“That has changed over the past few weeks. Sales are off and prices are down from their stupid heights of this spring, although in the first half of June the cost of a house was still above where it was a year before. A degree of sanity has returned.”

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Comment by Ben Jones
2017-07-25 09:45:07

Also from the UK:

‘Interest-only mortgages are a ‘ticking time bomb’ for hundreds of thousands of families who have no idea how they will repay the money they owe, experts have warned. As many as 1.9million borrowers are paying off the interest on their home loans without making a dent in the capital, figures from the Council of Mortgage Lenders (CML) show.’

‘It is estimated that one in ten of these households have no plan in place to pay off the loan when their mortgage deal expires. And many who do have a plan may find they do not have enough money to repay the loan in full.’

‘Adrian Anderson, a mortgage broker with Anderson Harris, said: ‘We have definitely got an interest-only mortgage ticking time bomb scenario.’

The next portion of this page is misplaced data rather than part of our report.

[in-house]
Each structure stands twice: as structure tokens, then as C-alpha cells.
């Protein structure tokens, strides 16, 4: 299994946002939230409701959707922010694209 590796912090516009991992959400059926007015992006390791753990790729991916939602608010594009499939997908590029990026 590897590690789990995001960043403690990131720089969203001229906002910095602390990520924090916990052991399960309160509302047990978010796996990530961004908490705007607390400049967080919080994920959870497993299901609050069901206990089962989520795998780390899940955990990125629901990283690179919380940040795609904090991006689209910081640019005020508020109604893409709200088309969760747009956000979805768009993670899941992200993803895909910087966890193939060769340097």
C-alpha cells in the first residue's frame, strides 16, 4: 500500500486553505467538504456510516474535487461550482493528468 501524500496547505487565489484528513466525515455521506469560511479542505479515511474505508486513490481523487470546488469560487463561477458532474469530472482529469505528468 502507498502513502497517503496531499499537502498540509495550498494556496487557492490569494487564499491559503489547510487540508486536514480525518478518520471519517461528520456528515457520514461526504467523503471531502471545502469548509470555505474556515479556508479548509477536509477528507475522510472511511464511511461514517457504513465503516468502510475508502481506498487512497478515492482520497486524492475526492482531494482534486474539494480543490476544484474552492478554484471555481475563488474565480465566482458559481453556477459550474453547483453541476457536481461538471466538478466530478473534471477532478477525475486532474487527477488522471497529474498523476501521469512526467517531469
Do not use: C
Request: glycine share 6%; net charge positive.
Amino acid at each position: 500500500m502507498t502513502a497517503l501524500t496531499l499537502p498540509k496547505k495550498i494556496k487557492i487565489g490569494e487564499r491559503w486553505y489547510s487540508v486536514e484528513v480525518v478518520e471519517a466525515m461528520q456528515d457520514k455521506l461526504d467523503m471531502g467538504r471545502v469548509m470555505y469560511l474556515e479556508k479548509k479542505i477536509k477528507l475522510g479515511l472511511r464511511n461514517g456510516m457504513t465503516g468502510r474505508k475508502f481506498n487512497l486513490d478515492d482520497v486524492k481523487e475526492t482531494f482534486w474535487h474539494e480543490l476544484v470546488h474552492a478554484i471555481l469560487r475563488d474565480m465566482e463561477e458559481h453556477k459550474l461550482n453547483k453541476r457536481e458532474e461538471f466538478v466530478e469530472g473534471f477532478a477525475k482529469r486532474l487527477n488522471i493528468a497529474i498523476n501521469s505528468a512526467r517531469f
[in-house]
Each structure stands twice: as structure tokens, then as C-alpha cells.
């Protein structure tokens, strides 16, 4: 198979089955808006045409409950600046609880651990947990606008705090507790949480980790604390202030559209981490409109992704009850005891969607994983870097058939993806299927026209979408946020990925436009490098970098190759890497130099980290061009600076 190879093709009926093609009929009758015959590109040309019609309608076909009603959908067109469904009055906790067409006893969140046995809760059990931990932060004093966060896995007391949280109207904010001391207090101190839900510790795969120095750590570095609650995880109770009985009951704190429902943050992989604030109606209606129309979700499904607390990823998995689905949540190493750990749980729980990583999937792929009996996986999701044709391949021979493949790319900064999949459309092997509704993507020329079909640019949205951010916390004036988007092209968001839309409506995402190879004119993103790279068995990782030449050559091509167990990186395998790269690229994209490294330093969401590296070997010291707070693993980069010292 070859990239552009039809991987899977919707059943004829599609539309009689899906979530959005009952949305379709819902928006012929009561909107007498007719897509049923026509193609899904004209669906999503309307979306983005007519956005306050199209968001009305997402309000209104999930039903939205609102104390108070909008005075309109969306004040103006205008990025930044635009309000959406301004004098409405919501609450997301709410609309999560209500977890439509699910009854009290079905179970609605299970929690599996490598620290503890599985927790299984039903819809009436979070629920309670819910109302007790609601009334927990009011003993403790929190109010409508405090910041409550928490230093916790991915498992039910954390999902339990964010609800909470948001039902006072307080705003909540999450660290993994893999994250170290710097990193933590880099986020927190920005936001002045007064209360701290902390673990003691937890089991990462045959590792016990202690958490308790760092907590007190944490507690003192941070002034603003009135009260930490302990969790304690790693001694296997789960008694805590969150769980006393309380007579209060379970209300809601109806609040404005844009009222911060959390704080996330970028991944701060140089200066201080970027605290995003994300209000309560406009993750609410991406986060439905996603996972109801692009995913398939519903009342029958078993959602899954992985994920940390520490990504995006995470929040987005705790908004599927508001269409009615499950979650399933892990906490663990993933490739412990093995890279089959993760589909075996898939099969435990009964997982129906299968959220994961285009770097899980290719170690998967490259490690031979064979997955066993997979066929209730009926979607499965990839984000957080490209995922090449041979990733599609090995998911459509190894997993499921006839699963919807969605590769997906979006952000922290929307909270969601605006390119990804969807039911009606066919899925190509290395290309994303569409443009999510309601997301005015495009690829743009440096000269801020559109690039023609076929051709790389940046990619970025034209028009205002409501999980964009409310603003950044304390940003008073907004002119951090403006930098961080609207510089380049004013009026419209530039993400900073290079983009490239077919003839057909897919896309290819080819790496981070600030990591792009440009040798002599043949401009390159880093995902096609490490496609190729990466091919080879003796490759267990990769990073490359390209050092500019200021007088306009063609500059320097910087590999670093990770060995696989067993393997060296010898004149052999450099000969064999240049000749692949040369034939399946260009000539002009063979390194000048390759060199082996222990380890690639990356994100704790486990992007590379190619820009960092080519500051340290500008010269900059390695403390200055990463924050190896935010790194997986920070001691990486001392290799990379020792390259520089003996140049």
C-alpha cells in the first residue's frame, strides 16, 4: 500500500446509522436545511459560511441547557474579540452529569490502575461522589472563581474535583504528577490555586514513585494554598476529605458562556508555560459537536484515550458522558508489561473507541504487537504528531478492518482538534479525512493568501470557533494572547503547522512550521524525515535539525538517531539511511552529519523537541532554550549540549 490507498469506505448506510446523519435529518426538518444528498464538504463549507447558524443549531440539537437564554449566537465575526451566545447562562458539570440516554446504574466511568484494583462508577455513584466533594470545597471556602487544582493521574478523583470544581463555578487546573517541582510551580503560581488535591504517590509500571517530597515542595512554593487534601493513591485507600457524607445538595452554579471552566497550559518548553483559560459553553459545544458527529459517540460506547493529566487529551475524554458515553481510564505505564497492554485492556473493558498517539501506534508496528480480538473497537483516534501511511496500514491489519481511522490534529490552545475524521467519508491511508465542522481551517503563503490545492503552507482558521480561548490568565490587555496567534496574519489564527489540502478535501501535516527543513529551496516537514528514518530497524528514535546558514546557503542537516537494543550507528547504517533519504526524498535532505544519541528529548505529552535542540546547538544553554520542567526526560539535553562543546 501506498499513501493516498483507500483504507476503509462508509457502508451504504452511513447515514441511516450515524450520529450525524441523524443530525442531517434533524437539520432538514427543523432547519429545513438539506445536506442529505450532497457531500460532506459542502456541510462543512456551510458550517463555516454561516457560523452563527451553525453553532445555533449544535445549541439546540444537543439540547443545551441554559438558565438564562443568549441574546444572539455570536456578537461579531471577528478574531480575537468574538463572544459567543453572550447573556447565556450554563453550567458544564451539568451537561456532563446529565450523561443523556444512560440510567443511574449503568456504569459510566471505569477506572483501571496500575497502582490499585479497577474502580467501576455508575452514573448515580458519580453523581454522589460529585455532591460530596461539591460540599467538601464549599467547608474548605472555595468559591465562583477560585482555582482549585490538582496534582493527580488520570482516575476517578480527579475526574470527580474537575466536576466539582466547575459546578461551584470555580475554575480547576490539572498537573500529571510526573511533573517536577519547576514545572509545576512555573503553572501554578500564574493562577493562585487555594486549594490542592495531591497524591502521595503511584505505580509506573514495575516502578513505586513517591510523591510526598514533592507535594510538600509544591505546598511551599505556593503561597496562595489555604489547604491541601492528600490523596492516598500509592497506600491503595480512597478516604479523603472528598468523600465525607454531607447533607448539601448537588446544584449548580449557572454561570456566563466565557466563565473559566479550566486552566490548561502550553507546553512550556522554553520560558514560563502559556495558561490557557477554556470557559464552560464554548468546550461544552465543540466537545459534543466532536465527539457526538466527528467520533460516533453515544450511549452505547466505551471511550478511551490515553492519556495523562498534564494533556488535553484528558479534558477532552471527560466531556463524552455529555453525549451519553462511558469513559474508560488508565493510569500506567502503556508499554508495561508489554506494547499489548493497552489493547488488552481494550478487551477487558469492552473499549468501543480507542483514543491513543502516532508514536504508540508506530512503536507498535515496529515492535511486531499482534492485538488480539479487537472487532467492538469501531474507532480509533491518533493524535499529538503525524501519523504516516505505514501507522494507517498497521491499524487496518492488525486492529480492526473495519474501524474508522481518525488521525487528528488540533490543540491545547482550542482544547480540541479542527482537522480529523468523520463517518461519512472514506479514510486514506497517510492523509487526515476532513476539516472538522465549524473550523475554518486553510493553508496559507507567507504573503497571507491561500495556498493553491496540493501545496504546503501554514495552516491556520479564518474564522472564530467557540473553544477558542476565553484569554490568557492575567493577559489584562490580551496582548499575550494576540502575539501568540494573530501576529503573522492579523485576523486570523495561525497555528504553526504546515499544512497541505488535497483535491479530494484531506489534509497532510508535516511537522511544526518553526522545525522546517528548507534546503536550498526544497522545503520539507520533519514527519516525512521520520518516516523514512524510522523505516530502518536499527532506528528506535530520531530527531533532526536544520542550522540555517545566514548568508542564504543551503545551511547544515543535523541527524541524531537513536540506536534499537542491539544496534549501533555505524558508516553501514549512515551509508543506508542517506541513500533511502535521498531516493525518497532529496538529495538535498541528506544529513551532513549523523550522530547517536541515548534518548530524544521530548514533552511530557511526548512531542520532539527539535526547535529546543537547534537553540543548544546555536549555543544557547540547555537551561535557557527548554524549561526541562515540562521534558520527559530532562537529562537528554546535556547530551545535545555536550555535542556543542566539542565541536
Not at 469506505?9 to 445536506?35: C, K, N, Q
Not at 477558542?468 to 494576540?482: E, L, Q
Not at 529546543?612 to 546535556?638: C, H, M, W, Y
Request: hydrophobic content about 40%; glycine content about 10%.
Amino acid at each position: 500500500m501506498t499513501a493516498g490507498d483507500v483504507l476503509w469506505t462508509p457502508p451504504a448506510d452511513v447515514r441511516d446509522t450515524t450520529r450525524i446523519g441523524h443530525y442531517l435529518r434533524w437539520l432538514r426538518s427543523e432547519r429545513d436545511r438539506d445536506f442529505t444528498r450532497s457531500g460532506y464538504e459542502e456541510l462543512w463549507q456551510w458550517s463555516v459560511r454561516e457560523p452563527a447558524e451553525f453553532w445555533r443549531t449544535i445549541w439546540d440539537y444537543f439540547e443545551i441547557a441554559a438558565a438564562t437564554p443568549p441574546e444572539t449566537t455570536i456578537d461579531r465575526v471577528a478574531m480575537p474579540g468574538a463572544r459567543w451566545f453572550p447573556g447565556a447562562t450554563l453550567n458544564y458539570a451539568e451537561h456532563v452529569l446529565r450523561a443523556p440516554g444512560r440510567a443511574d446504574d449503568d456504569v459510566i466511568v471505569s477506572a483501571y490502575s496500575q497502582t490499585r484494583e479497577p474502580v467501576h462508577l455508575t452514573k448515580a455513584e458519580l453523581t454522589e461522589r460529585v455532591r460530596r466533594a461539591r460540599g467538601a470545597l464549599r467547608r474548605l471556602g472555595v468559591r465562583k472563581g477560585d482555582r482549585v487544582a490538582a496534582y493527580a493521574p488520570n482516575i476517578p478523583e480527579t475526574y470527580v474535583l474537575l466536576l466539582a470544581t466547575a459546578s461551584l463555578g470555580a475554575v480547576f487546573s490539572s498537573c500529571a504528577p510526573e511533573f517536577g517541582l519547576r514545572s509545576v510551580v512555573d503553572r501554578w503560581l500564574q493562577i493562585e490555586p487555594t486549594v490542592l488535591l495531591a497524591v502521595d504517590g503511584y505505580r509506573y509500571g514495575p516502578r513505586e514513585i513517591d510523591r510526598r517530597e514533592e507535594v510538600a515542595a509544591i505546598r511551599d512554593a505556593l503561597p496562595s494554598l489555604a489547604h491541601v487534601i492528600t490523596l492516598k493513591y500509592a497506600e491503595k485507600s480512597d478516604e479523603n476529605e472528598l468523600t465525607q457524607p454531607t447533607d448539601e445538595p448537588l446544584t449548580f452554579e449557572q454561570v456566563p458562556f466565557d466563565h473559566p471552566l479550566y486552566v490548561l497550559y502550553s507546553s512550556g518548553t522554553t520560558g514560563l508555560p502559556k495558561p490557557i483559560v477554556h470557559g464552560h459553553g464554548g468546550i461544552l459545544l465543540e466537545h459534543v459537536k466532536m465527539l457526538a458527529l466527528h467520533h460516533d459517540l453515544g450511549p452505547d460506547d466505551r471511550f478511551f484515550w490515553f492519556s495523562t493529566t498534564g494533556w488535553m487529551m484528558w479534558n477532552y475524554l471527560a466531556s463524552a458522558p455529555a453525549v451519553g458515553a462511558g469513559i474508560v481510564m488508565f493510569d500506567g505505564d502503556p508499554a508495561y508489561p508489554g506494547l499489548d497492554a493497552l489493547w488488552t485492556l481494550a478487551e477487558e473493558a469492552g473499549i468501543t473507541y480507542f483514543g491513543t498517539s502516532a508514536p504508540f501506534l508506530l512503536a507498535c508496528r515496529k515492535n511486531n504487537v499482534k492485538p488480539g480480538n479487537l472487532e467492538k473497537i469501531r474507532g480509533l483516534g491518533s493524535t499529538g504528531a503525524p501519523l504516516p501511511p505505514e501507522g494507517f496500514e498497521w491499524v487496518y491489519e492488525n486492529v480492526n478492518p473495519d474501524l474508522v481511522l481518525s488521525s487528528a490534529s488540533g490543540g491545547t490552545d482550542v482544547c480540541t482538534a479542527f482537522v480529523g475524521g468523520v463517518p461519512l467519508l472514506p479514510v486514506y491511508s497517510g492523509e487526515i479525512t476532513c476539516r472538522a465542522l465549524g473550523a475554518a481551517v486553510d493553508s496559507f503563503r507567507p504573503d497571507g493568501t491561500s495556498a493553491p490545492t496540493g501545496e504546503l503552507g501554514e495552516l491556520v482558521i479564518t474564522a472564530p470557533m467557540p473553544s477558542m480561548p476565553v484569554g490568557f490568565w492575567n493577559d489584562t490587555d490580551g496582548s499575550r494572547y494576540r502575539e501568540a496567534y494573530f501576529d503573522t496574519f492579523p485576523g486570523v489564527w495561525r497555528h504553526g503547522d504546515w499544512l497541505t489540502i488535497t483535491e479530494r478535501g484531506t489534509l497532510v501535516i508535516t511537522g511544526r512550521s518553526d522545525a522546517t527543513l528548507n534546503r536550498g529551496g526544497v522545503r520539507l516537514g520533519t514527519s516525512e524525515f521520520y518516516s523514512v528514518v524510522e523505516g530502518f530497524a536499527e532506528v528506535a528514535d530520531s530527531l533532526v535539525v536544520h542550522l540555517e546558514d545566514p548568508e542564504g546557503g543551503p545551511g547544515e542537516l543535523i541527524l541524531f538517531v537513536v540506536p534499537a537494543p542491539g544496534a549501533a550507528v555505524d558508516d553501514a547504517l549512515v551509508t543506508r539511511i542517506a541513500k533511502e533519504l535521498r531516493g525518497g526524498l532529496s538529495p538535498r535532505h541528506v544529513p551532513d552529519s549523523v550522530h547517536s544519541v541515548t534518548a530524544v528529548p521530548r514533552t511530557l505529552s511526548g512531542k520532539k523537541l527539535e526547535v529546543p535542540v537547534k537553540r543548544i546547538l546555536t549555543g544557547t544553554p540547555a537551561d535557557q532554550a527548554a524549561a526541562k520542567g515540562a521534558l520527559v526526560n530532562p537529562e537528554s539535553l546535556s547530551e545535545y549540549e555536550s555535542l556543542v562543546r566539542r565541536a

‘The CML said there are 11,000 mortgage deals with two years or less left to run where the loans are worth over 75 per cent of the value of the home. Rising house prices ‘can do little to improve the equity position for these loans’, it added.’

Comment by Mr. Banker
2017-07-25 10:22:14

Interest-only mortgages.

One would think a product of this nature would be a tough sell, but it isn’t.

A bit amazing if you stop to think about it.

Comment by Carl Morris
2017-07-25 10:38:18

It makes perfect sense if housing always goes up.

Comment by scdave
2017-07-25 15:39:43

It makes perfect sense if housing always goes up ??

Not necessarily. A friend of mine with a home well north of 2-mil just got a interest only refi so he could by a vacation home all cash. He borrowed @ 2.875% fixed for 7 years. He pays about $2500. Per month. Between him and the wife that payment reflects a couple of days pay.

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Comment by Rental Watch
2017-07-25 17:04:14

I knew a gentleman who borrowed against a $9MM home that he had owned free and clear. He mainly borrowed because in his view, the money was effectively free–with tax deductible interest for the million he borrowed.

However, IIRC, he did so on a 30-year fixed basis, but it wouldn’t have surprised me if he borrowed interest only given the circumstances (borrowing simply to get some of that cheap debt).